PURPOSE: This study aims to analyze the clinical and radiological findings, timing and type of treatment, and outcome in children under 1 year of age that presented with neurosurgical vascular malformations. METHODS: A retrospective review of 23 children under 1 year of age with neurosurgical vascular malformations was performed at a single institution between 1999 and 2009. RESULTS: The lesions found in this age group were: 10 vein of Galen aneurysmal malformations (VGAMs), 5 arteriovenous malformations (AVM), 2 pial arteriovenous fistulas (AVF; 1 in the brain and 1 in the spinal cord), 2 cavernous malformations, 2 dural sinus malformations (DSMs) in the posterior fossa with negative angiography which after surgery turned out to be embryonal malformations of dural sinuses, 1 sacular aneurysm, and 1 dural arteriovenous fistula (DAVF) that drained toward the vein of Galen. Of the 10 patients with VGAM, 8 presented choroidal type and 2 mural type. Two patients with choroidal VGAM were born in dramatically severe clinical condition; therefore, we decided to withhold aggressive treatment, and they died within 48 h after birth. The other eight patients with choroidal VGAM received endovascular treatment between 1 and 3 staged embolizations. In four of them, total occlusion was achieved and subtotal and partial in the others. One patient had complications and evolved with severe developmental delay. Another patient with partial occlusion died, and another patient with previous developmental delay stopped treatment because of parental decision making. Five patients evolved with normal development and one with mild delay. Only one patient required shunt. Hydrocephalus was solved after endovascular treatment in the rest of the patients. Regarding the five AVMs, four were treated with microsurgical approach achieving total resection of the lesion and normal developmental milestones except for one patient with brainstem AVM that was admitted with quadriparesis and coma. In the patient with basal ganglia AVM, the lesion spontaneously disappeared. From the two pial AVFs, the frontal one was microsurgically treated and the spinal one received endovascular session achieving 50% of lesion occlusion for which further treatment is needed. The two cavernous malformations were operated achieving total resection with normal development. The two children with DSM received surgical resection without complications and normal development. The rare case of sacular aneurysm at this age was occluded at the time of diagnostic procedure due to the bad clinical condition of the patient and the hematoma was removed immediately in the operating room. The only case of DAVF died of respiratory intercurrence after three sessions of endovascular treatment. CONCLUSIONS: In this neonatal age group (first year of life), we can find the whole range of neurosurgical vascular pathology: VGAM, AVM, cavernous malformation, DSM, pial AVF, DAVF, and sacular aneurysm. VGAM is the most frequent vascular malformation during the first year of age. The early treatment of vascular malformations prevents its adverse effects on a developing brain. A multidisciplinary team composed by endovascular and surgical specialists is necessary to discuss and treat each case.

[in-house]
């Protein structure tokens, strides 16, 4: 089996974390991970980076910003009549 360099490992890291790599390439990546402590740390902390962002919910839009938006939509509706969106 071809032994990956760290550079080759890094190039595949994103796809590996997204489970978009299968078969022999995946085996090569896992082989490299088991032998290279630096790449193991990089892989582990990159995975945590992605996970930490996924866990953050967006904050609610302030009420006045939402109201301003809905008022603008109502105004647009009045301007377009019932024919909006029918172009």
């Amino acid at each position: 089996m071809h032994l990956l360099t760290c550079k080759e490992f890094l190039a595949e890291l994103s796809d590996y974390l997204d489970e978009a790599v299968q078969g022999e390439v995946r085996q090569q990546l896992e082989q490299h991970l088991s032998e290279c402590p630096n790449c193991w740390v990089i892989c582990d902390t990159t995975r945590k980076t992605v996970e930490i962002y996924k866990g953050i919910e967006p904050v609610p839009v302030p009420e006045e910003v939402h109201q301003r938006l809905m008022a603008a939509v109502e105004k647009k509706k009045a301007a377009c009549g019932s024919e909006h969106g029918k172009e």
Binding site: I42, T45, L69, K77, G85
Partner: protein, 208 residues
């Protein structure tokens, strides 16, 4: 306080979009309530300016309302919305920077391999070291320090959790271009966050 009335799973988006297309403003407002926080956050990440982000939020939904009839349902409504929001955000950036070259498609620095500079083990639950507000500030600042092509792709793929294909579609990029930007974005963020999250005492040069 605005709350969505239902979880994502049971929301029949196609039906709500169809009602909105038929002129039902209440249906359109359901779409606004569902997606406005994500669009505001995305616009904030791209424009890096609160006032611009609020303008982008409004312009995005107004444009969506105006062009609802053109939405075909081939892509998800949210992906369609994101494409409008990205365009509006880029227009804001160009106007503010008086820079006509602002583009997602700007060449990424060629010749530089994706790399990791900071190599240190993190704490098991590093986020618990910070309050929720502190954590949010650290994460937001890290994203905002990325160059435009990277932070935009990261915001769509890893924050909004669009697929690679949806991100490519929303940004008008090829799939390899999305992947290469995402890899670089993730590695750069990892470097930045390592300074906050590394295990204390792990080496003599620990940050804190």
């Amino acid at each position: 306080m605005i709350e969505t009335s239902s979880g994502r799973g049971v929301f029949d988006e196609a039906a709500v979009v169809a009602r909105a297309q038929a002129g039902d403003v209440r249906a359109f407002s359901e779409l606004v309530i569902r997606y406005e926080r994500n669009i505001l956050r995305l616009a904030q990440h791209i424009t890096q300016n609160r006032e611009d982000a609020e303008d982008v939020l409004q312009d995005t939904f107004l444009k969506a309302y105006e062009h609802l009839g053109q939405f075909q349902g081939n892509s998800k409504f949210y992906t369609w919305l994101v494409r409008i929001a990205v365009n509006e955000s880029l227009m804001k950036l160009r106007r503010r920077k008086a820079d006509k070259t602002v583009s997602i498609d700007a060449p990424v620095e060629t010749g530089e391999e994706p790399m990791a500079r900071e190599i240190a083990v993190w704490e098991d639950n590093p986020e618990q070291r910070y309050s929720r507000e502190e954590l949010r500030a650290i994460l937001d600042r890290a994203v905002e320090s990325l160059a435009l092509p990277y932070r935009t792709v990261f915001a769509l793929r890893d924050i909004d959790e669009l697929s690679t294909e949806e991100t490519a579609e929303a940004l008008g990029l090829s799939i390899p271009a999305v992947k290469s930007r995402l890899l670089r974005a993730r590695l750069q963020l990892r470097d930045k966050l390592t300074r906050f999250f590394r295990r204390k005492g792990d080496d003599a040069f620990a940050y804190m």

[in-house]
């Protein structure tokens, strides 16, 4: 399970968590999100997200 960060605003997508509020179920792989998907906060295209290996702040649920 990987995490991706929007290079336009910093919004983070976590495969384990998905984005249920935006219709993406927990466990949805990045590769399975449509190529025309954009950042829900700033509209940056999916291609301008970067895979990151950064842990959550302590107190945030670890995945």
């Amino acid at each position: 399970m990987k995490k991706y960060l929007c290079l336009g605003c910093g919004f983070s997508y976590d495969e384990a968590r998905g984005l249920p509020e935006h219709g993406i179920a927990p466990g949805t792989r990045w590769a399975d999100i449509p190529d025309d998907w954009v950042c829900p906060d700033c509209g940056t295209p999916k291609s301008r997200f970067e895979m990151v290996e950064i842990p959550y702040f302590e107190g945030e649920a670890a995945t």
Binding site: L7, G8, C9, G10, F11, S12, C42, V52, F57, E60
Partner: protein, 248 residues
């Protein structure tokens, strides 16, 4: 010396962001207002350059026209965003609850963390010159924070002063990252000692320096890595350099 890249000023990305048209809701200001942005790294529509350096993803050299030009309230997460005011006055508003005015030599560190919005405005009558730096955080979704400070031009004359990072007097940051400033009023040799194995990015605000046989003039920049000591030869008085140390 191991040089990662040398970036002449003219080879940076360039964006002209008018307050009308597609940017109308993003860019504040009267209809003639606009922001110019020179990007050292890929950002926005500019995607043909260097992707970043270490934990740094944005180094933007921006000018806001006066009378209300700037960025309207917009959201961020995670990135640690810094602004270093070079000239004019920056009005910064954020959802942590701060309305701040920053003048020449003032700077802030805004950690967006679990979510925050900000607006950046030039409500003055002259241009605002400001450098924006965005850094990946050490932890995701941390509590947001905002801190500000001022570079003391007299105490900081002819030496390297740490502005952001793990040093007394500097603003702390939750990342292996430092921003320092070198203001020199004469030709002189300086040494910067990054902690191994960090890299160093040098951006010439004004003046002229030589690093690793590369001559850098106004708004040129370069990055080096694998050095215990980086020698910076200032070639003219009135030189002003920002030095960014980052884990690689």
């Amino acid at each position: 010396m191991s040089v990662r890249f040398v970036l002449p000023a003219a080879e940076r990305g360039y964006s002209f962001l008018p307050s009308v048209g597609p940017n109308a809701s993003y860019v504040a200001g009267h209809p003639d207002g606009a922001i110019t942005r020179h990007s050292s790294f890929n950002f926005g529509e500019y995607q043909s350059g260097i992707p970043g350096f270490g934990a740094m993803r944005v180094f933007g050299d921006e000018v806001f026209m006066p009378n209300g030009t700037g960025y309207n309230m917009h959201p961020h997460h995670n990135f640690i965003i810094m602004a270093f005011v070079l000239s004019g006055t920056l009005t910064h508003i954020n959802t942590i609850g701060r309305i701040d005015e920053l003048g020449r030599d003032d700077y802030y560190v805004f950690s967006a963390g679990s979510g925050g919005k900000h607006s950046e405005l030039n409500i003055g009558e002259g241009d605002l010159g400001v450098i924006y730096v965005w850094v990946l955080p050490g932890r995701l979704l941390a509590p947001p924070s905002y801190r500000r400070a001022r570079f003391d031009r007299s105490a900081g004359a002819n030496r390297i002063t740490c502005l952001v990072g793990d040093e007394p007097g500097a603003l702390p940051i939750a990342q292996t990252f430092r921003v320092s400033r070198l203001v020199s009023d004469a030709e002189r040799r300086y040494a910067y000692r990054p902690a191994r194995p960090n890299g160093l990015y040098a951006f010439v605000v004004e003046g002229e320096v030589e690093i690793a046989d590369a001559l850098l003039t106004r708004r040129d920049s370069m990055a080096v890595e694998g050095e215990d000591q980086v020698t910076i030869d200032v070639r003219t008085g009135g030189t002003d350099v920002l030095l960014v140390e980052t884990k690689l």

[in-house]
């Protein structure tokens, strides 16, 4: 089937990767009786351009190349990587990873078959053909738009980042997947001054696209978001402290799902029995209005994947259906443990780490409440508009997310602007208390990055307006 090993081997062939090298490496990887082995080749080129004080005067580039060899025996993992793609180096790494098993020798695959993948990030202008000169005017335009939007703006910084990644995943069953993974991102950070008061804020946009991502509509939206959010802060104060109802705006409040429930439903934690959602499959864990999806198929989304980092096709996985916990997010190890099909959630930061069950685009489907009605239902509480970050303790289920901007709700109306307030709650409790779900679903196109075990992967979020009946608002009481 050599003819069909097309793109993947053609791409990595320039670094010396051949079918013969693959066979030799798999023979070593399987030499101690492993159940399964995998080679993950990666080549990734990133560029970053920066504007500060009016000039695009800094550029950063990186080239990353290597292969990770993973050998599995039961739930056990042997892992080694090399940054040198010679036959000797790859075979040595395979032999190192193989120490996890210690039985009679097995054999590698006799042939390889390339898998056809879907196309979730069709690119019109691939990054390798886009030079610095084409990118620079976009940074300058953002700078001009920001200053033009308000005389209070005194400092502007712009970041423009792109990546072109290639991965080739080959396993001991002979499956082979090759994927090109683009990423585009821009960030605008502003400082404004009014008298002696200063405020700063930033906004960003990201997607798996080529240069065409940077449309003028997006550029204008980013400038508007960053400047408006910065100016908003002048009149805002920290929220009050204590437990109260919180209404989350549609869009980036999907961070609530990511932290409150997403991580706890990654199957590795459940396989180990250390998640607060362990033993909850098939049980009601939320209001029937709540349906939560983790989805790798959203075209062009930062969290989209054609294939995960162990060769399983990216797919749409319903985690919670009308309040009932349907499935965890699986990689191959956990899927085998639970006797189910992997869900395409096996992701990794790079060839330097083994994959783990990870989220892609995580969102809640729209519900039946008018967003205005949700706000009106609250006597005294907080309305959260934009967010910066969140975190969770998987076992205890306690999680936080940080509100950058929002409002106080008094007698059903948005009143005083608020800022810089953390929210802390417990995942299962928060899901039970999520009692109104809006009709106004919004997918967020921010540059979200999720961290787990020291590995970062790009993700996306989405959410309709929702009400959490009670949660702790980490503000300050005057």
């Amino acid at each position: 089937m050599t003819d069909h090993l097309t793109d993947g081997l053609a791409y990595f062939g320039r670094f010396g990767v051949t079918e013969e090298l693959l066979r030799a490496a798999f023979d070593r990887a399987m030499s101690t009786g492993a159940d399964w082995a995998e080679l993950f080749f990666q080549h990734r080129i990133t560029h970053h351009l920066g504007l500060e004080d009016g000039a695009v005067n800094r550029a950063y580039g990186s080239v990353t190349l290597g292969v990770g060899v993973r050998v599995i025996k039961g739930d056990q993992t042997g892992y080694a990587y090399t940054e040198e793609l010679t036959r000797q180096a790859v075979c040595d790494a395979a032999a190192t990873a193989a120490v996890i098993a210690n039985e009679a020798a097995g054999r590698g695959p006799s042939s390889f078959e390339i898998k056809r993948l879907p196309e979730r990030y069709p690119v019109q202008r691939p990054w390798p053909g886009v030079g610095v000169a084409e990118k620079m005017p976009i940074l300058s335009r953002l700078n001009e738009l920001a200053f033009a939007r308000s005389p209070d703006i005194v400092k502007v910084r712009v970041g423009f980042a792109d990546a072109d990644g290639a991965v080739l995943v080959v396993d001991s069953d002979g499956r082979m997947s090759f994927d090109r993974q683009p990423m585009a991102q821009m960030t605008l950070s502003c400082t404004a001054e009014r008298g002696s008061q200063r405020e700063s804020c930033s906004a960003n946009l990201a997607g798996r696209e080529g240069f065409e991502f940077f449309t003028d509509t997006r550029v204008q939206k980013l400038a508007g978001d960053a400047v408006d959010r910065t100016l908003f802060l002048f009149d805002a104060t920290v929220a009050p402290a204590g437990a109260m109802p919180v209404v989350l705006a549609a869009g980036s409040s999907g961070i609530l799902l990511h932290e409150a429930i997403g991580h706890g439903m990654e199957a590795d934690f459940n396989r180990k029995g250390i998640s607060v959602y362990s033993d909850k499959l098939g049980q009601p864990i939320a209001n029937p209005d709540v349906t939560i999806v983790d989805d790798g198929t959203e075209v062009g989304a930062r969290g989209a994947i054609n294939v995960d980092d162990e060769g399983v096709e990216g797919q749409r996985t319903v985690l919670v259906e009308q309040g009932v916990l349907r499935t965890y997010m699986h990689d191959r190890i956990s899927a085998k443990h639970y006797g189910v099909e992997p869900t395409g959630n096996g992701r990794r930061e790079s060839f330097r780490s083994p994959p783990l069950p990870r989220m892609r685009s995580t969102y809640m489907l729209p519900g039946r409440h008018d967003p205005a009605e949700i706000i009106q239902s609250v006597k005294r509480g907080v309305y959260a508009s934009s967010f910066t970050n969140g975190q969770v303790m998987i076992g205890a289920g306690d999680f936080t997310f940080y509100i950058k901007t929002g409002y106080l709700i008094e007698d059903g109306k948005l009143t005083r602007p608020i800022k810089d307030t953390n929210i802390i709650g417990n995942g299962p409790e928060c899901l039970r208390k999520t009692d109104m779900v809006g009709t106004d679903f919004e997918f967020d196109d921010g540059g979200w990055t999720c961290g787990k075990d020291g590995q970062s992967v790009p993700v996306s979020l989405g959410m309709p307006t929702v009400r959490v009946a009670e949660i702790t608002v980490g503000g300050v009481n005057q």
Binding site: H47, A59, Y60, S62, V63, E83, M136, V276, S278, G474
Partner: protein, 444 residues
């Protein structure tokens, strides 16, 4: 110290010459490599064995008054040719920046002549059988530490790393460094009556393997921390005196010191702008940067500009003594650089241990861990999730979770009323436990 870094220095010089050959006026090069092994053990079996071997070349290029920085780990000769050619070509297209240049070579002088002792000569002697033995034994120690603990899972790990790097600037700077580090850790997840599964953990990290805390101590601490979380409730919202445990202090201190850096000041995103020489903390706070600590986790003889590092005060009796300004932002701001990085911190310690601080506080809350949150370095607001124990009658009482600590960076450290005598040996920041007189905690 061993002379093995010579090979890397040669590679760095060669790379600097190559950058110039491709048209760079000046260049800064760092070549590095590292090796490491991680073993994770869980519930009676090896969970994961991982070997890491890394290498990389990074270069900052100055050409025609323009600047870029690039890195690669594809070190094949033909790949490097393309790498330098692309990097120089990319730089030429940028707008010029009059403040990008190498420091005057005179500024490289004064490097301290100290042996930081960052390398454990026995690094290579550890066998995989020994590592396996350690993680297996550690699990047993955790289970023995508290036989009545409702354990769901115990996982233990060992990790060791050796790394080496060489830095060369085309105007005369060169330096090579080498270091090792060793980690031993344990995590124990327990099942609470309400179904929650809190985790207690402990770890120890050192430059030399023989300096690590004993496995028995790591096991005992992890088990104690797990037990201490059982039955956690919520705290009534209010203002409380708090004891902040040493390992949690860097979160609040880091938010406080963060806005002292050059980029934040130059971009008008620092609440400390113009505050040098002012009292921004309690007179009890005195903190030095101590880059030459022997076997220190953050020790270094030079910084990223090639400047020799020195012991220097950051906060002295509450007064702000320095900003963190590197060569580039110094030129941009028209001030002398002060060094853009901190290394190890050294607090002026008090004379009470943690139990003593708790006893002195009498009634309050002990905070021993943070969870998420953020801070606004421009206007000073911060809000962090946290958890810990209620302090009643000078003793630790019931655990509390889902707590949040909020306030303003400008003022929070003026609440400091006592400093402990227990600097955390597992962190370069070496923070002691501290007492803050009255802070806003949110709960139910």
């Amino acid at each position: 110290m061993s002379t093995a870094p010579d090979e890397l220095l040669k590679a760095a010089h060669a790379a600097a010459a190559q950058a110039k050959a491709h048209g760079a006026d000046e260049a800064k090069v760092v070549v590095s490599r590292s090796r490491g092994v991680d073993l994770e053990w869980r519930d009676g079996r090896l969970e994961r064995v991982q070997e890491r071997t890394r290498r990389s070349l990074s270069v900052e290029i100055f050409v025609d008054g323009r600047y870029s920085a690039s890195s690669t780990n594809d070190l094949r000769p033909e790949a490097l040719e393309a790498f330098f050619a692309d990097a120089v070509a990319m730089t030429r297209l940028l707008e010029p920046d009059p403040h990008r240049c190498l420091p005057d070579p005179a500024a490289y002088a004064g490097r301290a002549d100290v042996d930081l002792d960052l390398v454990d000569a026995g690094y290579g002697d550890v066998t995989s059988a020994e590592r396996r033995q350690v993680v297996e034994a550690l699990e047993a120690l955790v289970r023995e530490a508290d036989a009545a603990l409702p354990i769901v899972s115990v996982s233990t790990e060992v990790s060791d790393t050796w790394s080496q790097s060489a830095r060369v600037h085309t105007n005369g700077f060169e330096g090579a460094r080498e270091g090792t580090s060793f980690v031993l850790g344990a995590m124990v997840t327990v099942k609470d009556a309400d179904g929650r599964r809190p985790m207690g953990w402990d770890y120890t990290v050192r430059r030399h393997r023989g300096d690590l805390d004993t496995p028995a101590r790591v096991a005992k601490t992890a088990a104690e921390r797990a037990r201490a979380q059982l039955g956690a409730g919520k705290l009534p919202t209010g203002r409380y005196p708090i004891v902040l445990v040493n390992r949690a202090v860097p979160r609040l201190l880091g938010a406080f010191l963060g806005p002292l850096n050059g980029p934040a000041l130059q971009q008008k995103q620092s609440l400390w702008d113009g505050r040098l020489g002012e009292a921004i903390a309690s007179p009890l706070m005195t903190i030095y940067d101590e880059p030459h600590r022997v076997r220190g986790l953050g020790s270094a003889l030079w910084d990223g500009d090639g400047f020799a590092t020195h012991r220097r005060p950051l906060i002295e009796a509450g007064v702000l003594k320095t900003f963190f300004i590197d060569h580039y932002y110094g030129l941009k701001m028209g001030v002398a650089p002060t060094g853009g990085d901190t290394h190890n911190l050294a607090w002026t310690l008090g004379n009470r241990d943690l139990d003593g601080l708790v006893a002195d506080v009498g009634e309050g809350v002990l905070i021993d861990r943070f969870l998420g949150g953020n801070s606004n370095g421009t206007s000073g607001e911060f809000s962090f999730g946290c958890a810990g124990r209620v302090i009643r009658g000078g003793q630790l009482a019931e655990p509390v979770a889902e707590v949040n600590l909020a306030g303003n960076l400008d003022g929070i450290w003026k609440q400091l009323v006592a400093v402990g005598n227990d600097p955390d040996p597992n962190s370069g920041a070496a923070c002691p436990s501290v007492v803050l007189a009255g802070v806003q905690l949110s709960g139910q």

30. Abraham RF, Shapshay S, Galati L. Botulinum toxin-assisted endoscopic repair of traumatic vocal fold avulsion. Ear Nose Throat J. 2010;89(9):452-8.
Blunt traumatic laryngeal injury in children often leads to intralaryngeal soft-tissue damage, which can quickly compromise an already small airway. Injuries requiring operative intervention have historically been repaired via open approaches such as thyrotomy and laryngofissure. These approaches carry significant long-term sequelae that can compromise the airway, deglutition, and voice. We describe a safe and effective alternative to open repair that includes the use of a botulinum toxin chemical myotomy to ensure optimal healing. We used this procedure to treat a 13-year-old boy who had experienced a traumatic avulsion of the true vocal folds. Postoperatively, his voice outcome was satisfactory, as evidenced by a marked improvement in his pediatric Voice Handicap Index score. No complication or compromise of the airway or swallowing occurred, and resolution of the botulinum effect was observed by 6 months postoperatively. The endoscopic approach supplemented by botulinum toxin injection avoids scarring and allows for safe postoperative extubation. Compared with open repair, it is associated with a shorter hospital stay and a lower risk of stenosis and fibrosis.